Punctuation marks


Punctuation marks are visual signs, graphic signs that we make in the writings to mark the necessary pauses and thus give it a meaning, which means appropriate for what we put on paper, or in the document.

In Spanish orthography, the most used punctuation marks are: the point, the comma, the colon, the semicolon, the question marks, the admiration, the parentheses, the ellipsis and the quotation marks.

Punctuation marks have a great function because their correct use allows a coherent and unambiguous understanding of the content of a text.

Through punctuation marks, there are structured texts, ordering and classifying ideas into main and secondary ones, which allows the reader a better interpretation, analysis and understanding of the content.

The period is a short pause that indicates that a message has ended and a new one begins. In this case we refer to the point and continue. If the topic or focus changes or the narrator wants to say something different, the period should be used separately. In other words, a single point serves to continue on the same course or to go to other places in the narrative.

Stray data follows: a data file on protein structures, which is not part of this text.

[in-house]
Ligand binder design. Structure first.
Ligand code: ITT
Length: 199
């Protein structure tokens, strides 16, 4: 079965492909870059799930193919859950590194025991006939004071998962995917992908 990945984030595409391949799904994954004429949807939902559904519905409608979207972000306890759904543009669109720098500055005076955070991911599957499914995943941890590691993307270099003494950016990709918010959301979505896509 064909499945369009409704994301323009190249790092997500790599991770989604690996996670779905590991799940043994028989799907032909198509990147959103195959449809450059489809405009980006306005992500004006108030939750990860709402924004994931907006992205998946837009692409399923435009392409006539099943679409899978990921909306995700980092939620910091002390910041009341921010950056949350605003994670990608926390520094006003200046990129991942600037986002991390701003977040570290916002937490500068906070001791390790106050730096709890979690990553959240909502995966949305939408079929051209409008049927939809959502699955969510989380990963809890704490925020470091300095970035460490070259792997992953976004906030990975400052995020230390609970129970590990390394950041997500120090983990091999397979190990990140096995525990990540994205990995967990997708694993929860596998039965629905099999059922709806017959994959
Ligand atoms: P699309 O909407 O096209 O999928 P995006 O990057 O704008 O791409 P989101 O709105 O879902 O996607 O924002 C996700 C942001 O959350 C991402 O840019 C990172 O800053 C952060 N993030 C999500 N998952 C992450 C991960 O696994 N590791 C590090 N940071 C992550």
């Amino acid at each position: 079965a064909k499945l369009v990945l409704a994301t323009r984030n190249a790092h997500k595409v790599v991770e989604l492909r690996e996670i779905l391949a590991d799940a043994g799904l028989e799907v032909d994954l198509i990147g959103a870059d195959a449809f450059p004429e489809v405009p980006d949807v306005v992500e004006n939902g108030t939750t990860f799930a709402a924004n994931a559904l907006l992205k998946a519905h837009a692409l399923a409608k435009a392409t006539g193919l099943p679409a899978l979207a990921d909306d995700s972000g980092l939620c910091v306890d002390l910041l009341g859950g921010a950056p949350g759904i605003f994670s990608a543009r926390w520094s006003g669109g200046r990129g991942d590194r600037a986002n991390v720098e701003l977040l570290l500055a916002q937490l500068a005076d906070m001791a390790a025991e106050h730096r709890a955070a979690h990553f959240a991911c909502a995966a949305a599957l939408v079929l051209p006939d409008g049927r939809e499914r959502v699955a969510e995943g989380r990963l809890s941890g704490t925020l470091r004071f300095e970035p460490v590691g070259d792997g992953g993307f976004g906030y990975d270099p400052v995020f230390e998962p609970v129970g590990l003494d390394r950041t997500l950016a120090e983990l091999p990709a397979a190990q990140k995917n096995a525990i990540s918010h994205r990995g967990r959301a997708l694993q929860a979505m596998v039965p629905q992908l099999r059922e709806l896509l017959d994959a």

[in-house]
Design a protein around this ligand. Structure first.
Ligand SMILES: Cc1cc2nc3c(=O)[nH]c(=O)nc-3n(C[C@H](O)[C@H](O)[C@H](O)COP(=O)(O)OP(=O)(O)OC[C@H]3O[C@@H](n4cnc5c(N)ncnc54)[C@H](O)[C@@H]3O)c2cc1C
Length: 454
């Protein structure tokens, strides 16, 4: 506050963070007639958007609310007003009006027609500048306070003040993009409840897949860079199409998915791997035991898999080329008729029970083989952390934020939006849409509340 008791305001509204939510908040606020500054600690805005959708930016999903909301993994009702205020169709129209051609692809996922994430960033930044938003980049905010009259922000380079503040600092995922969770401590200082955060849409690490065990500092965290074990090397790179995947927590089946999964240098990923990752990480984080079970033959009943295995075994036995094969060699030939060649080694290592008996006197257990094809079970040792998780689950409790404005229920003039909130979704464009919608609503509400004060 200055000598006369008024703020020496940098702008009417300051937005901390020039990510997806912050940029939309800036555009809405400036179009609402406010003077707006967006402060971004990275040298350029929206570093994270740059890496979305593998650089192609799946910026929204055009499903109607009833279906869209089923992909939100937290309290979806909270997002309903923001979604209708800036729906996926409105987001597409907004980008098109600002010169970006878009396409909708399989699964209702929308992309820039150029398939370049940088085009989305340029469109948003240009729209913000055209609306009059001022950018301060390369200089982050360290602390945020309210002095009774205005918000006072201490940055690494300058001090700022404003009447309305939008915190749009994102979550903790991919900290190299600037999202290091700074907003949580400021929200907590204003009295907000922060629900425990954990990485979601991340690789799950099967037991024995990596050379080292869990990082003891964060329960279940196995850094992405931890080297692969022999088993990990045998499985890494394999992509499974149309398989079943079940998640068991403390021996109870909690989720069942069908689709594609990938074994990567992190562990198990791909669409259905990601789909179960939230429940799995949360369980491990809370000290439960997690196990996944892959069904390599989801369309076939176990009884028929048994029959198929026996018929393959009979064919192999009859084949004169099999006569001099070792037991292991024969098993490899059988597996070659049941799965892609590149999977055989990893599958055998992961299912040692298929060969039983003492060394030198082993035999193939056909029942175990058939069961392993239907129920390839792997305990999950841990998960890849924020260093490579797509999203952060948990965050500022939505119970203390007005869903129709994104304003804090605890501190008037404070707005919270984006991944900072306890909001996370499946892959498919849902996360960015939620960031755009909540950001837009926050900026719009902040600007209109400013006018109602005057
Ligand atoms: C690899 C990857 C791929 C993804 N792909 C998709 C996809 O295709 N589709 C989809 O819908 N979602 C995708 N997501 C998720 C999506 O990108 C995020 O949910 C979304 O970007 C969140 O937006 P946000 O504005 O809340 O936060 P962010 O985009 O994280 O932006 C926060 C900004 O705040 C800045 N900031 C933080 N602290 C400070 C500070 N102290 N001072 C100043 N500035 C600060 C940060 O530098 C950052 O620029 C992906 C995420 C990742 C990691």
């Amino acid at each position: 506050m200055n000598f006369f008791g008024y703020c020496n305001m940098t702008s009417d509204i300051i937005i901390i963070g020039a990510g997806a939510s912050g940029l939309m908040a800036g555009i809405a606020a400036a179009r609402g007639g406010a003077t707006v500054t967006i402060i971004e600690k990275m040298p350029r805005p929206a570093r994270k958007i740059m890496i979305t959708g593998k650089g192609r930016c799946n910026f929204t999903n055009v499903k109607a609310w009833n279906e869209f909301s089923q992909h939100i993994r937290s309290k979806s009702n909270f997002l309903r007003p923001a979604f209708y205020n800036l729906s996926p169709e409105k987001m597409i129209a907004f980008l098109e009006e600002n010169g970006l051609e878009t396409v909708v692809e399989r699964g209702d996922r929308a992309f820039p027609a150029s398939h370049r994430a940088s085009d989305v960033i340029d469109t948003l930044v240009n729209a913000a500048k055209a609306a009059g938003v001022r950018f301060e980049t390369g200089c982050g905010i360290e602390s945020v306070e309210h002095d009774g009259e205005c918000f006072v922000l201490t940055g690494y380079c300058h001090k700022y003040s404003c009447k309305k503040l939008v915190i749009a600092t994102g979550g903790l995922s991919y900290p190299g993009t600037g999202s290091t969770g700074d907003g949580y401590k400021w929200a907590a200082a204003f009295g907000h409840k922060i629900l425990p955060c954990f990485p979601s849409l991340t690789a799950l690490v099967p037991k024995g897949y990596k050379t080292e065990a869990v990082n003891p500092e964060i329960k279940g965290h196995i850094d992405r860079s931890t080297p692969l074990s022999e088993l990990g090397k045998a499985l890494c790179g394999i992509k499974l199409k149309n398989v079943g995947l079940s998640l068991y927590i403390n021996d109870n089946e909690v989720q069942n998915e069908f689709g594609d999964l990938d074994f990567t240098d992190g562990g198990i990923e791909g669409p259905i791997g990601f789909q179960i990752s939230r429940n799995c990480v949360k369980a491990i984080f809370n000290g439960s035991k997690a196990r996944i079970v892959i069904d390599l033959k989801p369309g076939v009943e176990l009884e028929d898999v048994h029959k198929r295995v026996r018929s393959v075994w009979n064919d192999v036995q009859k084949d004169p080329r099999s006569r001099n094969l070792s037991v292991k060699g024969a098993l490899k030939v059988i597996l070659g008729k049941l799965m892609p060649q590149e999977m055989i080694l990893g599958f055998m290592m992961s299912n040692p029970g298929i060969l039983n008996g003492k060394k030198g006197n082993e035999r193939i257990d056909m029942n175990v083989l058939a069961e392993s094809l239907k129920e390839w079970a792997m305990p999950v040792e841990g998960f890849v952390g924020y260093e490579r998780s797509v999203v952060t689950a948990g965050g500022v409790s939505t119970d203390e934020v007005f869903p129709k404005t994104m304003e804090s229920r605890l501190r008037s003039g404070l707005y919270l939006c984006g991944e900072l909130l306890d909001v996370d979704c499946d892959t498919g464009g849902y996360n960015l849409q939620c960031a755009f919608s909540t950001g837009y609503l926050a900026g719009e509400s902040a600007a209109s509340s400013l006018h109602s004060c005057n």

And the meaning of the point does not end with its version of point and follows or separates. There is also a semicolon (;). It is a sign that is being devalued because it is used less and less in texts. And it is not because it is useless or inaccurate, it means that its meaning makes a lot of sense: a short statement, an intermediate level between the comma and the period.

On the other hand, the colon (:) announces the development of a fundamental issue that we wish to highlight and develop more precisely.

To highlight specific words or phrases to use the quote resource, also to include testimonial quotes or popular phrases.

The comma is a punctuation mark that has the shape of a small hook (,) and serves to indicate a brief pause within the sentence. You can get to separate different words or sentences, but they should always refer to the same topic.

Question marks (?) are punctuation marks that serve to indicate that the sentence that precedes or follows these signs is a question.

Like the interrogative signs, the exclamatory signs, (!) Also called “exclamation marks” give a particular tone to the sentence they enclose because, as their name affirms, they give it an exclamatory intonation with the intention of emphasizing and get the reader’s attention.